Avian schistosome monitoring.

Sample collection was conducted as described in Rudko et al. (2018). Briefly, 25L water samples, collected one litre at a time across a shoreline up to ~1m deep were passed through a 20μm plankton tow. Debris from inside was washed down using well water (this is not a contamination risk when monitoring for avian schistosomes as these parasites are shed from snail hosts, and only when those snail hosts also co-occur with locations where the bird definitive host’s feces are also present [18]) followed by a 95% ethanol wash and collection in sterile 50-mL conical tubes.

Toxin-producing cyanobacteria monitoring.

Sample collection was conducted from watercraft operated by CBM partners on various lakes. Samples were collected through a one-way foot valve attached to weighted 3/4” Nalgene tubing. Samples were only collected from the euphotic zone as determined by a Secchi disk measurement at each lake’s deepest point. Ten sampling locations were selected for each lake, with water being composited from each sampling location into a central container. Water from this container was then poured into 50-mL conical tubes. Equipment was decontaminated between lakes using quaternary ammonium compound (QUAC) to prevent contamination between lakes (1500ppm QUAC for 10 minutes). QUAC disinfectants are membrane-active compounds that interact with the cytoplasmic membranes of eukaryotes and bacteria. Additionally, they bind DNA, making them useful disinfectants for samples that will be used for qPCR [19,20].

HF183 monitoring.

All samples were collected by scooping two 50ml samples in sterile, conical, collection tubes from the surface water 15m from shore every 150m along the entire perimeter of each participating lake.

DNA extraction

Onsite DNA extraction.

DNA extraction was conducted using the MI Sample Prep Kit (Biomeme, USA) according to the manufacturers’ instructions. The MI sample prep kit is designed to function in the field. Lysis is accomplished by placing a filter in the lysis buffer and shaking for one minute. Next, the solution is passed through a syringe unit fitted with a DNA binding column. The column undergoes two washes to remove proteins and salts and then is dried using an acetone buffer before elution. Sample blanks were conducted by partners every batch of 24 samples processed. In 2018, the avian schistosomes monitoring group was interested in transitioning to a DNA extraction method that would allow for batch processing of samples. We, therefore, opted to transition their program to the DNeasy DNA extraction kit (Rudko et al. 2018). To set up this remote laboratory in a cost-effective manner, equipment (centrifuge, heating block, and vortex) were sourced from Dot Scientific (USA) (S2 Table), and pipettes were from the company VWR (USA).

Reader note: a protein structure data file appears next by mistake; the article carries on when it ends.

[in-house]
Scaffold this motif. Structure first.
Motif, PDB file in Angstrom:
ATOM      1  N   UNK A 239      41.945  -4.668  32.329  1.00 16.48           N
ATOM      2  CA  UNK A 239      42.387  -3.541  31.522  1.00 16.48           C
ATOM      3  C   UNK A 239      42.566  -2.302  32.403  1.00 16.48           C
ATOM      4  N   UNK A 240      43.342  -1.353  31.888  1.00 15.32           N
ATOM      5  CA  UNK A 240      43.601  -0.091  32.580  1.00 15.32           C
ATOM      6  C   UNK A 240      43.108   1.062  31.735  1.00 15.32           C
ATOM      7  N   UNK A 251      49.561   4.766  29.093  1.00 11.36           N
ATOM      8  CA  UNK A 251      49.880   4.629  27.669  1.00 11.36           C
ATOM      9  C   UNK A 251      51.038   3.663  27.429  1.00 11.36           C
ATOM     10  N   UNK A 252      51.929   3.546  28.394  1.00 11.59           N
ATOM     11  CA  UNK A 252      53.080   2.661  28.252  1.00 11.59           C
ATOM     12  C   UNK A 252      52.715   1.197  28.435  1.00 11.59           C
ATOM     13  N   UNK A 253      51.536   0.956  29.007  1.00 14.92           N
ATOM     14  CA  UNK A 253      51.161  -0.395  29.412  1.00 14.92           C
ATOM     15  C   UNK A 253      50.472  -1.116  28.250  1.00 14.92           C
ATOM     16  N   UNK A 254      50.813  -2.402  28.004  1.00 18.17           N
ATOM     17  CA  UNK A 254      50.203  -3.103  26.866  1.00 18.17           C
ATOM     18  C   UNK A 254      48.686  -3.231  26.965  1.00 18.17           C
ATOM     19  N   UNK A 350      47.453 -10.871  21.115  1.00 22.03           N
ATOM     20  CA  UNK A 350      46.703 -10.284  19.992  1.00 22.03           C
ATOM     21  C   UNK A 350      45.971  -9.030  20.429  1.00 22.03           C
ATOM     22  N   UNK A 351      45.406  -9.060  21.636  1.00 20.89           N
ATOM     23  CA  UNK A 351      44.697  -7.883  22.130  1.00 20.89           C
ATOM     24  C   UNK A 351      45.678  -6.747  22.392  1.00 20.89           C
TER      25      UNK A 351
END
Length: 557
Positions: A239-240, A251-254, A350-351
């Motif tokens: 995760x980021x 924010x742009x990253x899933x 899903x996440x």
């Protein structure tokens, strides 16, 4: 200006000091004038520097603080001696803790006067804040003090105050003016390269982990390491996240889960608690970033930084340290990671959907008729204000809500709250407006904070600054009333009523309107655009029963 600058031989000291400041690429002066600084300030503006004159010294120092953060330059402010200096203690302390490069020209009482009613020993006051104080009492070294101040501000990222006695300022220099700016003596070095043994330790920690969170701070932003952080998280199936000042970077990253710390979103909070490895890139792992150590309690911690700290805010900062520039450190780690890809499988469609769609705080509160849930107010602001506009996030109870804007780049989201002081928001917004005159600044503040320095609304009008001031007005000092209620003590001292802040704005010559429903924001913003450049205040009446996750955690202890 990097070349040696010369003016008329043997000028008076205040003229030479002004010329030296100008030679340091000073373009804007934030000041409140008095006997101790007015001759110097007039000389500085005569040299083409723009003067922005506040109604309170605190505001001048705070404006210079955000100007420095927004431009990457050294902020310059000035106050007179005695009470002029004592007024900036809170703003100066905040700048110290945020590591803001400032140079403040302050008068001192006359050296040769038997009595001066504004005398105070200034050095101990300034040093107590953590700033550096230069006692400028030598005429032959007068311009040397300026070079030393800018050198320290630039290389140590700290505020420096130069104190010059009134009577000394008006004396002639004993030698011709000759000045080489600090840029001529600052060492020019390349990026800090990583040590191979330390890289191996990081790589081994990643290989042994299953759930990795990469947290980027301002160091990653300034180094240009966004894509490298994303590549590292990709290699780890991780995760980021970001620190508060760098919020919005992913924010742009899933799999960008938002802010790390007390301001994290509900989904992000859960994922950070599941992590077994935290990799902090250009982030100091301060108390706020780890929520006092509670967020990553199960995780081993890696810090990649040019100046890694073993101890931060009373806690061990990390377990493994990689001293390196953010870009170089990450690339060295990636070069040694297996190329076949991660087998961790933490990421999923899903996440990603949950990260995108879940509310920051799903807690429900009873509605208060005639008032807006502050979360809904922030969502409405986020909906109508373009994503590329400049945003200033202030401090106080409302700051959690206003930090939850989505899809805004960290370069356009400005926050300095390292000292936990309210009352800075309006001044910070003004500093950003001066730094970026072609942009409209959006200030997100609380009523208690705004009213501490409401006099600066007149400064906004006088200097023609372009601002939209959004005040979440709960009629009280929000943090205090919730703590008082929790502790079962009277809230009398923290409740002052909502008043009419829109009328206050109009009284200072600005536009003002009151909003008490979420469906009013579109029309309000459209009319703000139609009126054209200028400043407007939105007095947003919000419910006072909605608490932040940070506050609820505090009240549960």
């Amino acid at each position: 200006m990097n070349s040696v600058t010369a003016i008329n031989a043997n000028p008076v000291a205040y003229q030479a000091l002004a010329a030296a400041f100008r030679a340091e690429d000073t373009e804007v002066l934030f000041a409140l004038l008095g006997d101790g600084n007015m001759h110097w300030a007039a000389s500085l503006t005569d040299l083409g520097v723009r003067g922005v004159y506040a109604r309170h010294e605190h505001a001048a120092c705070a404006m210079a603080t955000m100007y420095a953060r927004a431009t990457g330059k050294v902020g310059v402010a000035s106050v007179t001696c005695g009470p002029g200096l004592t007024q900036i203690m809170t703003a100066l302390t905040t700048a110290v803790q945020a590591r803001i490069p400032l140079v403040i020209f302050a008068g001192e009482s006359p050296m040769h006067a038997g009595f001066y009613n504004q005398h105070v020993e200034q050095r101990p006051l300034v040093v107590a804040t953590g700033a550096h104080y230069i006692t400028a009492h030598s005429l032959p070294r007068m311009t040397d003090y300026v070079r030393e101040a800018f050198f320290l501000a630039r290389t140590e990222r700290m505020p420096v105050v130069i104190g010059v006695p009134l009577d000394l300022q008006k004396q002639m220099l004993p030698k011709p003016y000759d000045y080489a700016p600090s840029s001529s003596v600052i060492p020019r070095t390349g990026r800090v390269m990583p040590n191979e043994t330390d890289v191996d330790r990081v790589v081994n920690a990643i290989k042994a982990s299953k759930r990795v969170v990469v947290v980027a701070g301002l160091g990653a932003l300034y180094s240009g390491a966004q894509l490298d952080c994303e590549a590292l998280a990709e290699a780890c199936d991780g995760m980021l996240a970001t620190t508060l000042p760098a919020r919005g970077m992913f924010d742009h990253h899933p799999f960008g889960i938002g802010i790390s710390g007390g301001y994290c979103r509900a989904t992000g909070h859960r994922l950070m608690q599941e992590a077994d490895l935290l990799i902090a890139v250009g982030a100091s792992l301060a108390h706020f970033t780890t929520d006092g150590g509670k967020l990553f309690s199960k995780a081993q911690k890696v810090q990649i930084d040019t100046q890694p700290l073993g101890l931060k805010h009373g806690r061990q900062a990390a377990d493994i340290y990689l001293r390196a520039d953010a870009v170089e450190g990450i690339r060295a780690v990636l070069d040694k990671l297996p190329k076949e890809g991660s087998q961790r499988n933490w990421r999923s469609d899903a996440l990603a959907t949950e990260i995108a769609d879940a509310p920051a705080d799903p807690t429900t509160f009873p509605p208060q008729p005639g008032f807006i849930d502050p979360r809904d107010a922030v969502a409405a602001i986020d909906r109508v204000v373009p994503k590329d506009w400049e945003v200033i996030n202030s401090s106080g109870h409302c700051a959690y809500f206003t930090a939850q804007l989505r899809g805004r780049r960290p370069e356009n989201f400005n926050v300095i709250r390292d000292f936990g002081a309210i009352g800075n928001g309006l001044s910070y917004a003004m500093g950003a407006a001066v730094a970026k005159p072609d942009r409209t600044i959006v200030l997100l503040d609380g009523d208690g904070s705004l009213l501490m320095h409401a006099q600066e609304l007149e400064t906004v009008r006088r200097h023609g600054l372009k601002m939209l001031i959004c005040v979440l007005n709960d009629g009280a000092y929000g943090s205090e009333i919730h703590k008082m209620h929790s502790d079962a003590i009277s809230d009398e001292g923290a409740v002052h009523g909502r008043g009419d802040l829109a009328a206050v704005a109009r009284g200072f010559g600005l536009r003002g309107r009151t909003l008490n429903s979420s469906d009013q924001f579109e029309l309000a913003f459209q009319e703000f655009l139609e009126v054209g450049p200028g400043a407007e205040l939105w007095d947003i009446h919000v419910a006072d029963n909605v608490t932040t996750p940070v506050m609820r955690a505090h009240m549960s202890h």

qPCR methods

Maintaining workflows.

All master mix components were mixed in a cleanroom located at the University of Alberta and aliquoted into 0.2 ml thin-wall PCR tubes (Axygen, USA). All plasmid dilutions and preparation of positive controls occurred in a dead box, a PCR workspace designed to limit airflow and prevent cross-contamination between wells during reaction set up. Standards and reaction tubes were prepared independently to prevent cross-contamination. IDT DNA (USA) Prime Time Gene Expression Master mix was utilized for the field and in-laboratory qPCR because it is both light and temperature stable. That being said, all premixed reactions were stored frozen and transported on ice. Master mix was prepared and delivered to partners monthly.

In laboratory qPCR method.

Samples were quantitated relative to a plasmid standard curve, which contained 50,000, 5000, 500, 50, 5 and 0.5 gene copies. Each of the gene targets below was synthesized (IDT DNA) into a puc19 plasmid vector (Genscript. USA). Thermocycling was performed on the ABI 7500 Fast or the QuantStudio 3 using a standard, 40 cycle, two-step reaction. The thermocycling parameters were a 30-second hold at 95°C, followed by a 30-second denaturation cycle at 95°C, and a 60°C annealing cycle. Each qPCR reaction had a final volume of 20μL, and we added 5μL of DNA to each reaction.

Avian schistosomes.

The 18S avian schistosomes-targeting qPCR assay was performed as described in Rudko et al. (2018) [21] (S1 Table). The LOD95 of this technique is 3.4 gene copies/ rxn [21]. qPCR master mix (IDT DNA) containing 1x master mix, and 200nm forward reverse primer and a fluorescein-labelled probe were used.

Toxigenic (mcyE gene) cyanobacteria monitoring.

The mcyE gene targeting qPCR assay was performed as described in Qiu et al. (2013) [22] and Sipari et al. (2010) [23] (T S1 Table). The LOD95 of this technique is 6.25 copies/5μL. qPCR master mix (IDT DNA), containing 1x master mix, and 200nm forward reverse primer and 125nm fluorescein-labelled probe was used.

HF183 Bacteroides monitoring.

This 16S gene-targeting assay was performed as described in Haugland et al. (2010). The LOD95 of this technique is 7.2 gene copies/rxn. qPCR master mix (IDT DNA), containing 1x master mix, and 100nm forward reverse primer and 80nm fluorescein-labelled probe was used (S1 Table).

In-field qPCR method.

Mastermix components and concentrations were unchanged between the laboratory method and the field method, nor were the thermocycling parameters. CBM partners received four control tubes, which consisted of a negative control, and three standards (5000, 500, and 50 copies). They were instructed not to open these tubes to prevent contamination. CBM partners also received 12 tubes to add their own samples DNA to (Fig 1).